Use R to connect to twitter and create a wordcloud of your tweets

January 18, 2016
By

Recently I wanted to create a wordcloud of my tweets and do further analysis. In this post I am going to show you how to connect to twitter in R and how to make a wordcloud from your tweets. To follow this tutorial, you need a Twitter account.

First steps in R

Install required libraries twitteR and wordcloud and load them.

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install.packages(c("wordcloud", "twitteR"))
library(twitteR)
library(wordcloud)

Create a twitter app

To be able to authenticate your API requests with the R package twitteR you need to authenticate yourself. To have an endpoint for that, you need to create a Twitter App at https://apps.twitter.com/. Click “Create New App” and fill the required fields with your values.

  • Name: choose a name for your app, unfortunately it has to be unique. Most combinations of R and Twitter I could think of were already taken, so I just took veRenaTweeteR ?
  • Description: Some description.
  • Website: They want you to provide a website URL e.g. where your app can be downloaded. Since I don’t plan to “publish” my app in anyway I just put my blog address.
  • Callback URL: You have to put http://127.0.0.1:1410 to be redirected after authentication.
Here you set everything for your app.
Here you set everything for your app.

When you successfully created your app, go to Keys and Access Tokens. There you find consumer key and consumer secret that you need to authenticate in R.

Here you get the consumer key and the consumer secret.
Here you get the consumer key and the consumer secret.

Authenticating and first steps with twitteR

Save the keys from your Twitter App.

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twitter_key<-"your_twitter_key"
twitter_secret<-"your_twitter_secret"
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oauth<-setup_twitter_oauth(twitter_key, twitter_secret)

After this, a browser will pop open which will ask you to login with your Twitter account (unless you are already logged in) and ask you to give permissions to yourAppName. When you correctly set the callback URL, the following text will appear:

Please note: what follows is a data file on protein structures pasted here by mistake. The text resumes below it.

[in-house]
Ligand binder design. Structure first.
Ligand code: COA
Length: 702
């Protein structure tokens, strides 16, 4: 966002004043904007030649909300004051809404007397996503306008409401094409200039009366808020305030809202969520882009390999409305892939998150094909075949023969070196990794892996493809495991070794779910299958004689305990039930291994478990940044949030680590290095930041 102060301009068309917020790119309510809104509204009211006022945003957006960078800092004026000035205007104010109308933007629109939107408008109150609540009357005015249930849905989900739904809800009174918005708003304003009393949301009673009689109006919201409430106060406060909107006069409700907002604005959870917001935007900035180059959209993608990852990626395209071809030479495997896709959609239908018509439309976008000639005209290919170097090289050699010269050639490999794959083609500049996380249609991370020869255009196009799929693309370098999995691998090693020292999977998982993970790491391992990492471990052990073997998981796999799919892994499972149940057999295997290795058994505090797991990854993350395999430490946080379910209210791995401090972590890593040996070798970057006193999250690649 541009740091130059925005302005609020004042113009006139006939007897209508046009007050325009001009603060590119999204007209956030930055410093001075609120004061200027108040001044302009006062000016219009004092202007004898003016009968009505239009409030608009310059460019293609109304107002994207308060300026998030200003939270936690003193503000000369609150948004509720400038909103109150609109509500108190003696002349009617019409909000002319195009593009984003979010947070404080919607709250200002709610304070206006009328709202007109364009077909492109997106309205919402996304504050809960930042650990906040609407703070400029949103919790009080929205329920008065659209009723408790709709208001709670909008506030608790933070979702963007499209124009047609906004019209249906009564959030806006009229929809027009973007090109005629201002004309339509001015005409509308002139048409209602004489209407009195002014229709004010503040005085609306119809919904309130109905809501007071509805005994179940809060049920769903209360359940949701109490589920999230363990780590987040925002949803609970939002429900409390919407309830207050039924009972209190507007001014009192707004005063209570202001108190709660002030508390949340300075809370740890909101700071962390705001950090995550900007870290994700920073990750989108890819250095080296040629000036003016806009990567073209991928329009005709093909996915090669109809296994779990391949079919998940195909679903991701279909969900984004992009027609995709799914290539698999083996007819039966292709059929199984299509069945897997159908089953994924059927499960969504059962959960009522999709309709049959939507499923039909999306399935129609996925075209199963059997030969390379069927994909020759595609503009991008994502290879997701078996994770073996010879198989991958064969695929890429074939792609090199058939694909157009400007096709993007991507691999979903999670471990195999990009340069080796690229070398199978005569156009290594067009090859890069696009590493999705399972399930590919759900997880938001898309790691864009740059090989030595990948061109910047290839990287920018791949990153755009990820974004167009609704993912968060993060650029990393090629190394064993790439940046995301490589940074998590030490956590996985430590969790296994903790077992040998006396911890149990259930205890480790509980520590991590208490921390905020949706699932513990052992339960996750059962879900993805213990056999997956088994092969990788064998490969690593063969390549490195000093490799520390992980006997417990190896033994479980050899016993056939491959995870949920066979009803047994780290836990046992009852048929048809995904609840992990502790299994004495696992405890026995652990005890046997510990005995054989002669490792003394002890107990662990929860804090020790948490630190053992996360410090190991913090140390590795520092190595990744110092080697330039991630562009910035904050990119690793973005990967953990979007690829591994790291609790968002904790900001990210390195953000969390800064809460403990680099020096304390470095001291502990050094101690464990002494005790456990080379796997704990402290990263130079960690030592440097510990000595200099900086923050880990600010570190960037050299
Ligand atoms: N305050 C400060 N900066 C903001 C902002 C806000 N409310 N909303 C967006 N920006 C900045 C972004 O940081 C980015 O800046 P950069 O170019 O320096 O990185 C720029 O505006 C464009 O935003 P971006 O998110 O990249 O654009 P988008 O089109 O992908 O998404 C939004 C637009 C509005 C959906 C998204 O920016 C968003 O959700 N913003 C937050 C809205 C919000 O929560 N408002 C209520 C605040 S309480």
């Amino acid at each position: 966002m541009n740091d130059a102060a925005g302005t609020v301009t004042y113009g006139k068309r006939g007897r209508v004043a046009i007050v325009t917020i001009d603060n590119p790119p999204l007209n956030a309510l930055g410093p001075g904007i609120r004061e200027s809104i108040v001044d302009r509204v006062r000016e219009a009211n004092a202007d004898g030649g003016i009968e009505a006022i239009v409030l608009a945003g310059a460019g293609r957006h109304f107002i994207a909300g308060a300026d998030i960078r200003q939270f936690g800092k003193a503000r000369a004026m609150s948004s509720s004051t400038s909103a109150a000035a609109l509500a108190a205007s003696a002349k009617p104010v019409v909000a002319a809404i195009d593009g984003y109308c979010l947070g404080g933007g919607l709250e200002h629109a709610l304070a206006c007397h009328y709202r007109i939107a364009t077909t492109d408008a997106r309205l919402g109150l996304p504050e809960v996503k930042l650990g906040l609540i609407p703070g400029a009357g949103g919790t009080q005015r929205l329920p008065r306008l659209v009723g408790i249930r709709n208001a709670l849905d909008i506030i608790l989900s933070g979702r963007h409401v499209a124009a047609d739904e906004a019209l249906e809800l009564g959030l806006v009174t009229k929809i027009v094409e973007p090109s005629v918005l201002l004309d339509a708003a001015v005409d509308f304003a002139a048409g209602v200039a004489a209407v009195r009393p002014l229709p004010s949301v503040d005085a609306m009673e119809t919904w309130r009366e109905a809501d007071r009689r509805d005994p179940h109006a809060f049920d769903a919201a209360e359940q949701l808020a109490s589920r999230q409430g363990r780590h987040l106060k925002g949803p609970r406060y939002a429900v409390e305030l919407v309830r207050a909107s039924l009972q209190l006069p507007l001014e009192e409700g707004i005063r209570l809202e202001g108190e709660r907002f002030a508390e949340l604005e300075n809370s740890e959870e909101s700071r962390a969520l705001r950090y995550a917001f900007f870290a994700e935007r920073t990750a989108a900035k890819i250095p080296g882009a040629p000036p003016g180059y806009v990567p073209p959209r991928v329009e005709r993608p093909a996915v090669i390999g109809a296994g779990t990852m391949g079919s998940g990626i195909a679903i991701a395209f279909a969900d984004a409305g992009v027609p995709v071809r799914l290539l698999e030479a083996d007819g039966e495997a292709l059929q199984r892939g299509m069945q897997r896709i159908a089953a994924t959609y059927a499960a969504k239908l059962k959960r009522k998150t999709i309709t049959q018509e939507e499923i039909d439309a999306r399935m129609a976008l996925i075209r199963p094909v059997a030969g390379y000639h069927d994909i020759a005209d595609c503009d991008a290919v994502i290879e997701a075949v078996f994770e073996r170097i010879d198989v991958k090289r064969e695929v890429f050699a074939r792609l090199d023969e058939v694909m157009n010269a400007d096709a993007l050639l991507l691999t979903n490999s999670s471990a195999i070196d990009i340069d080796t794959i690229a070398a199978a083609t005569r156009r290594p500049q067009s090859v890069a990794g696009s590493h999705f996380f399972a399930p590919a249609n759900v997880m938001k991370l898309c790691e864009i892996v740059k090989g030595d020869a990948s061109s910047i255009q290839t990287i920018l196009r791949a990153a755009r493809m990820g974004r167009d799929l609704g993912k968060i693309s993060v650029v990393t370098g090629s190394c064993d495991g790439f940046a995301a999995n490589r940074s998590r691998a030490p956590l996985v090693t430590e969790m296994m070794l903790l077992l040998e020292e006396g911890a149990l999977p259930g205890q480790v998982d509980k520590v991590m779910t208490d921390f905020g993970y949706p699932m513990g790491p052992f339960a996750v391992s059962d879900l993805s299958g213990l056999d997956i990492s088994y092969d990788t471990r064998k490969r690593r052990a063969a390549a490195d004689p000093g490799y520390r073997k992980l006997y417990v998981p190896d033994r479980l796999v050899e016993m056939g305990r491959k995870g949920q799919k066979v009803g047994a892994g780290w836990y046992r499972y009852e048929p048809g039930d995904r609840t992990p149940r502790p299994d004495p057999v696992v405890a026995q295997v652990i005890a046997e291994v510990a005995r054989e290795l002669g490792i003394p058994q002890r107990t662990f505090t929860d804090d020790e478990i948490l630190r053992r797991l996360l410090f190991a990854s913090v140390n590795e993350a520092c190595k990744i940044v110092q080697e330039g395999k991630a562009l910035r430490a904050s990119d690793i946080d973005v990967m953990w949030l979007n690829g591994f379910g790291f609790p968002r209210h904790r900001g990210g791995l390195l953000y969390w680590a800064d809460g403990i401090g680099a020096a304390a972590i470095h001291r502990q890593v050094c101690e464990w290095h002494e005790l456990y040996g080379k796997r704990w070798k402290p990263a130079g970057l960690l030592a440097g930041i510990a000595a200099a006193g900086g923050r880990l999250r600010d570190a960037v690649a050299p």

This message is shown in the browser after successful authentication.
This message is shown in the browser after successful authentication.

With the following command we get the 100 newest tweets of user “ExpectAPatronum” (which is me), but you can do it for other users as well. The second line will display the structure of the newest tweet.

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myTweets<-userTimeline("ExpectAPatronum", n=100)
str(myTweets[[1]])

A tweet contains lots of information (from statusSource we can even tell I sent it using the iPhone app!).

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Reference class 'status' [package "twitteR"] with 17 fields
 $ text         : chr "Don't agree with everything but still funny! https://t.co/2bMYBDkfGY"
 $ favorited    : logi FALSE
 $ favoriteCount: num 0
 $ replyToSN    : chr(0) 
 $ created      : POSIXct[1:1], format: "2016-01-18 07:21:31"
 $ truncated    : logi FALSE
 $ replyToSID   : chr(0) 
 $ id           : chr "688984546289790976"
 $ replyToUID   : chr(0) 
 $ statusSource : chr "\"http://twitter.com/download/iphone\" rel=\"nofollow\">Twitter for iPhone"
 $ screenName   : chr "ExpectAPatronum"
 $ retweetCount : num 0
 $ isRetweet    : logi FALSE
 $ retweeted    : logi FALSE
 $ longitude    : chr(0) 
 $ latitude     : chr(0) 
 $ urls         :'data.frame':	1 obs. of  5 variables:
  ..$ url         : chr "https://t.co/2bMYBDkfGY"
  ..$ expanded_url: chr "https://twitter.com/jennybryan/status/688866722980364289"
  ..$ display_url : chr "twitter.com/jennybryan/sta…""| __truncated__
  ..$ start_index : num 45
  ..$ stop_index  : num 68
 and 53 methods, of which 39 are  possibly relevant:
   getCreated, getFavoriteCount, getFavorited, getId, getIsRetweet, getLatitude,
   getLongitude, getReplyToSID, getReplyToSN, getReplyToUID, getRetweetCount,
   getRetweeted, getRetweeters, getRetweets, getScreenName, getStatusSource, getText,
   getTruncated, getUrls, initialize, setCreated, setFavoriteCount, setFavorited, setId,
   setIsRetweet, setLatitude, setLongitude, setReplyToSID, setReplyToSN, setReplyToUID,
   setRetweetCount, setRetweeted, setScreenName, setStatusSource, setText, setTruncated,